Let’s start with the disclaimer. I like the Dallas Symphony Orchestra. I do. I wish them the best, and I hope they continue to be a strong presence in the Dallas arts and music scene.
But stop calling me.
About two years ago, I took April to the symphony for Valentine’s Day. We purchased nice seats and had a good time. To buy the tickets online, I gave them my contact information. Later, I received a call from one of their volunteers. Donate $50? Sure why not. I like the Dallas Symphony (see first paragraph). They wanted more money, but that’s all I could part with at the time. And then the phone calls began.
I was getting calls throughout the year. I had to save their number, so I knew not to answer it. Then they started calling from different numbers. Tricky. After my intial donation, I turned them down numerous times. “Sorry, dude. I don’t have any money to give.” That rarely worked though, because they’d keep at it during the call. The callers were far too insistent. Clearly, I have SOME money I can give. My regular donations to the Cystic Fibrosis Foundation and the American Heart Association do not incur the same sort of obsessive hounding that $50 to the DSO invited.
After a particularly annoying phone call: “No, I don’t have any money.” “No, thank you.” “No, really.” “Please, I’m hanging up now.” “Okay, seriously, bye.” I decided life was too short to live in fear of phone calls. On July 19th, I wrote an email to the Dallas Symphany Orhcestra’s customer serivce: Stop calling me. I gave them my phone number, and they assured me “we have removed your phone number from our list.” Less than a month later, I received two more phone calls. Today, I emailed again to remind them that I’m off their list.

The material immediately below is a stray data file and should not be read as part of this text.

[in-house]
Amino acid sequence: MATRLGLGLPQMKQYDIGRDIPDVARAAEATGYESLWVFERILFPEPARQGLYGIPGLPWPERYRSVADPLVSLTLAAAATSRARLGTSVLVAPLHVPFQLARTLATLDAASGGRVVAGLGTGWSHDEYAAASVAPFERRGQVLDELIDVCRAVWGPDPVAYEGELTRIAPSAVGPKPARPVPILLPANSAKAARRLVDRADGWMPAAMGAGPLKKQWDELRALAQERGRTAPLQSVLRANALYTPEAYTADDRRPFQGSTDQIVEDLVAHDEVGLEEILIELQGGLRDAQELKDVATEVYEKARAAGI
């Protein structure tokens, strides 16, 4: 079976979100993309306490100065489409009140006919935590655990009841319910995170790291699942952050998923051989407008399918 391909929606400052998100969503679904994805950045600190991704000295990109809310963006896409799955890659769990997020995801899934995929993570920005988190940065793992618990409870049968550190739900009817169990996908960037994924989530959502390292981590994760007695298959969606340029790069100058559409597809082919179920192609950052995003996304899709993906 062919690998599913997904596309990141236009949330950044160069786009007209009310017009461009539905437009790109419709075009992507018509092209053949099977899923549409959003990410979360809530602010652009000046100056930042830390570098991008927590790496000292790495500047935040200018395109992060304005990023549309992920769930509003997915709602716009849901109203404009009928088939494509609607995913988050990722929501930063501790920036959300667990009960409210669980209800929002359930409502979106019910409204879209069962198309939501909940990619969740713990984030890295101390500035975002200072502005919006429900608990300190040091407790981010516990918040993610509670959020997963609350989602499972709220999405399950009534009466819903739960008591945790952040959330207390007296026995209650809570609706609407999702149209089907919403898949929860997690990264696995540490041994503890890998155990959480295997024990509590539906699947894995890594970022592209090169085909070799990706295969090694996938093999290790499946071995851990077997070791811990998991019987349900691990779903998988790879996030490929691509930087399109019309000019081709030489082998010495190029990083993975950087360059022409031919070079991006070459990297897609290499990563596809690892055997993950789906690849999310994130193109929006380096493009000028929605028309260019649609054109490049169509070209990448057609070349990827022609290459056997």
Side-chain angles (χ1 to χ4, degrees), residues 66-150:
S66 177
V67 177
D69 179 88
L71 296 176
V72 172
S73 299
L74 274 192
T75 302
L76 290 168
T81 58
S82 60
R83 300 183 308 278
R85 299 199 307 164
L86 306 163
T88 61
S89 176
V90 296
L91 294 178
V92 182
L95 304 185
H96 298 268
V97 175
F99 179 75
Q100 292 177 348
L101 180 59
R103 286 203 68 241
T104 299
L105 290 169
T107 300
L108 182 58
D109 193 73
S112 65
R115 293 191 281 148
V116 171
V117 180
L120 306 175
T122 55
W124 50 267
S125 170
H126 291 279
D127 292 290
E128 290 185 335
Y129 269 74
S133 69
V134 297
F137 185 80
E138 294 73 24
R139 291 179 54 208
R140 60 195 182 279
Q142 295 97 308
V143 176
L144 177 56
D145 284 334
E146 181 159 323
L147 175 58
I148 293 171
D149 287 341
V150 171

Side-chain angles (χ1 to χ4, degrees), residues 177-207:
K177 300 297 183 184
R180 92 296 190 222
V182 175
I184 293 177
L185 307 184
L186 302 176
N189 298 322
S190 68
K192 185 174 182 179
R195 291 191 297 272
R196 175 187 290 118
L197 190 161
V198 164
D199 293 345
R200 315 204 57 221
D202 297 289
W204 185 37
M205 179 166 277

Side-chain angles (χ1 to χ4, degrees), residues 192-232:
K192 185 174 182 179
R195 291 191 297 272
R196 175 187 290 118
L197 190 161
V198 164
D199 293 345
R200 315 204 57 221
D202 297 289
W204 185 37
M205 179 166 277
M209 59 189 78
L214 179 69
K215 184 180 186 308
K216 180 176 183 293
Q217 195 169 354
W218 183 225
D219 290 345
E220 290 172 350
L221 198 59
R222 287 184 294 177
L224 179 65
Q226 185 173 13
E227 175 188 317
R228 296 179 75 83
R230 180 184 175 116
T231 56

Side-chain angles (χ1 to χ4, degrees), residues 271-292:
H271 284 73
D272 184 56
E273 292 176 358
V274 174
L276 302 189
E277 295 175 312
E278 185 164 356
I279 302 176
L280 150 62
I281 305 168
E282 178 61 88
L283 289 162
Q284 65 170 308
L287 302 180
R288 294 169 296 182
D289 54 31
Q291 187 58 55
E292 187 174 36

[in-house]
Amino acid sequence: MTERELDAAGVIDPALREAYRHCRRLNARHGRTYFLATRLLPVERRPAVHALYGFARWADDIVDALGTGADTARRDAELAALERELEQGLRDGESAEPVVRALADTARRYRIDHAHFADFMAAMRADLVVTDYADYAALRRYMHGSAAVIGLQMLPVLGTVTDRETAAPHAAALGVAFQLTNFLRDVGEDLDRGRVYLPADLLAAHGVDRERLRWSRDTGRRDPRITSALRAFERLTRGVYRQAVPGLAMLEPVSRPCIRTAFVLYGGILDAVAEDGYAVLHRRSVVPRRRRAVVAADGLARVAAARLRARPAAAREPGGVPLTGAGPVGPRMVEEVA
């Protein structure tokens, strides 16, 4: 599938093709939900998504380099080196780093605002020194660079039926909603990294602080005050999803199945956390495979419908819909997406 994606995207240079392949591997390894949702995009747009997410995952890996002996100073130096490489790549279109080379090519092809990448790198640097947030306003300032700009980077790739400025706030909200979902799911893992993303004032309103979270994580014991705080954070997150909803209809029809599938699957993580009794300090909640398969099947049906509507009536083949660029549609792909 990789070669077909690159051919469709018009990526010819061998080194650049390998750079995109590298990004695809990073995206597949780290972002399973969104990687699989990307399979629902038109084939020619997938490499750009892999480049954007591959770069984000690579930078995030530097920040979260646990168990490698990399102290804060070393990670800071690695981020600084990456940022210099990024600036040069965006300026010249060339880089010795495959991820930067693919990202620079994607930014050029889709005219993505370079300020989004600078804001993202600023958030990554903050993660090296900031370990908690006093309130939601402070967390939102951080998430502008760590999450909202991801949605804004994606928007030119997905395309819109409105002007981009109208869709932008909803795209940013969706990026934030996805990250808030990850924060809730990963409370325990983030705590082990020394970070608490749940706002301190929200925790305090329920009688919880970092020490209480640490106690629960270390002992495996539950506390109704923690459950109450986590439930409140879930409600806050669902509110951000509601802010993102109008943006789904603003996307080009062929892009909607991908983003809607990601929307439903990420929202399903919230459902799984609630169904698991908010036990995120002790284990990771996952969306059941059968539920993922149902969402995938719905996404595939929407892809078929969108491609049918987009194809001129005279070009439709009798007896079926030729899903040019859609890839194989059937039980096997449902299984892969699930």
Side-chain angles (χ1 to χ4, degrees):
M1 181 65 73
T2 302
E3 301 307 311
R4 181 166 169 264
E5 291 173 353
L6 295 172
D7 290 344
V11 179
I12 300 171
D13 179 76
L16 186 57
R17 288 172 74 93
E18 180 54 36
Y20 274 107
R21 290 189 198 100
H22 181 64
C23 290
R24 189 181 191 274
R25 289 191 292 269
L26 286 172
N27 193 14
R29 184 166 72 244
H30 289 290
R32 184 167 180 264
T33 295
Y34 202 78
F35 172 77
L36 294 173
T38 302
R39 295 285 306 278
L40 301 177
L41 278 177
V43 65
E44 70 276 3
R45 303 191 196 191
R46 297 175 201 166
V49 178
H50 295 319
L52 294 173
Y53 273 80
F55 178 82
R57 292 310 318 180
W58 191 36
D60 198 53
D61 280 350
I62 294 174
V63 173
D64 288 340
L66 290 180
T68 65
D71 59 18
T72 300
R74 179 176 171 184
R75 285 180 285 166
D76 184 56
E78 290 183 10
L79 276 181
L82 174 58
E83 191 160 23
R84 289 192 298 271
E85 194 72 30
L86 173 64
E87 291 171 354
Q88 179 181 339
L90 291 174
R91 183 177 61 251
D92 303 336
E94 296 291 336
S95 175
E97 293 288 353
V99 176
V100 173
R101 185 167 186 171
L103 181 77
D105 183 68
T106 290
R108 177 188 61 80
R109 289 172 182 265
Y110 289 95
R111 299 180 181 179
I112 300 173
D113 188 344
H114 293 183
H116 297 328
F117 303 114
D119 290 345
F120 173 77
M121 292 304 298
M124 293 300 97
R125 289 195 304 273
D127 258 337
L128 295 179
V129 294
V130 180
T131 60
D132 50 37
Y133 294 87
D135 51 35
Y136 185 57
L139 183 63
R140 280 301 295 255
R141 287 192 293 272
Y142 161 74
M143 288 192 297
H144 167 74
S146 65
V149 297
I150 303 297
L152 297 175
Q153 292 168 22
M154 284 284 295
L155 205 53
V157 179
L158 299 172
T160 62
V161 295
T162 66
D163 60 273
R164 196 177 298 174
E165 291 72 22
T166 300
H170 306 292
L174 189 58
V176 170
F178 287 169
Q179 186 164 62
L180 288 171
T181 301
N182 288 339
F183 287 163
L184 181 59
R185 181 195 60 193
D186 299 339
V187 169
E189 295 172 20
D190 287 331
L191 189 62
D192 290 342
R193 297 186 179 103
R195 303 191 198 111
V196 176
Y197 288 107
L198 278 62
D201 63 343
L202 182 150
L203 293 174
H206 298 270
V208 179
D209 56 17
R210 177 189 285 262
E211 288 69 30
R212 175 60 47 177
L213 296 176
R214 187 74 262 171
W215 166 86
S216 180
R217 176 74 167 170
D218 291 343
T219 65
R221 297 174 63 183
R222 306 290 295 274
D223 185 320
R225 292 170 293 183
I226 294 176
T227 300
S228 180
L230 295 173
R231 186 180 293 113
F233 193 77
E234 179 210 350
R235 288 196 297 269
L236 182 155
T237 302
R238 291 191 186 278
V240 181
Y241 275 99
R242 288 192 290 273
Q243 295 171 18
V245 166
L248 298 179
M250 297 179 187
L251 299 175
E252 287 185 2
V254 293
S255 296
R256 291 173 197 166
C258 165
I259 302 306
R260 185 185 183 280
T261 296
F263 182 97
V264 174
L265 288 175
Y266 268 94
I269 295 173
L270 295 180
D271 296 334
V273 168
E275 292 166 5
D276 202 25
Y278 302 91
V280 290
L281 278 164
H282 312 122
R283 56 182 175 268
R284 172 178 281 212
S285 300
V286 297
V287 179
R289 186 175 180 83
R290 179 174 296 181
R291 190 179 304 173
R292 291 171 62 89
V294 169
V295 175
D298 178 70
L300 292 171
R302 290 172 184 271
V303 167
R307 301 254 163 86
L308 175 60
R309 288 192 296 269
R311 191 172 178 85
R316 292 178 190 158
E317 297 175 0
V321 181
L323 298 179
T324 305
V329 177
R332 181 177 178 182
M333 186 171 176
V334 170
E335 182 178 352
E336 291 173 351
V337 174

If I knew this was going to happen, I never would have donated money to DSO in the first place. Now I’m afraid to buy tickets to another DSO event, because I worry it will start the cycle all over again.
Dallas Symphony needs to raise money to do awesome stuff. I understand how it all works. And if I remember Non-Profit Fundraising 101, phone calls are fairly effective. It worked on me… once. But you don’t want to gain a buck and lose a supporter.
My advice to Dallas Symphony Orchestra: Be cool. Slow your roll.
I realize the rejection hurts, but we can still be friends. And maybe if you respect my boundaries, and take “no” for an answer, maybe someday, I’ll donate again. However, at this moment, I feel like we have some trust issues to work through. There will be other donors, other people in your life who will give you what you need, and make you happy. But right now, I’m just not in a place to be that person for you. I’m sorry.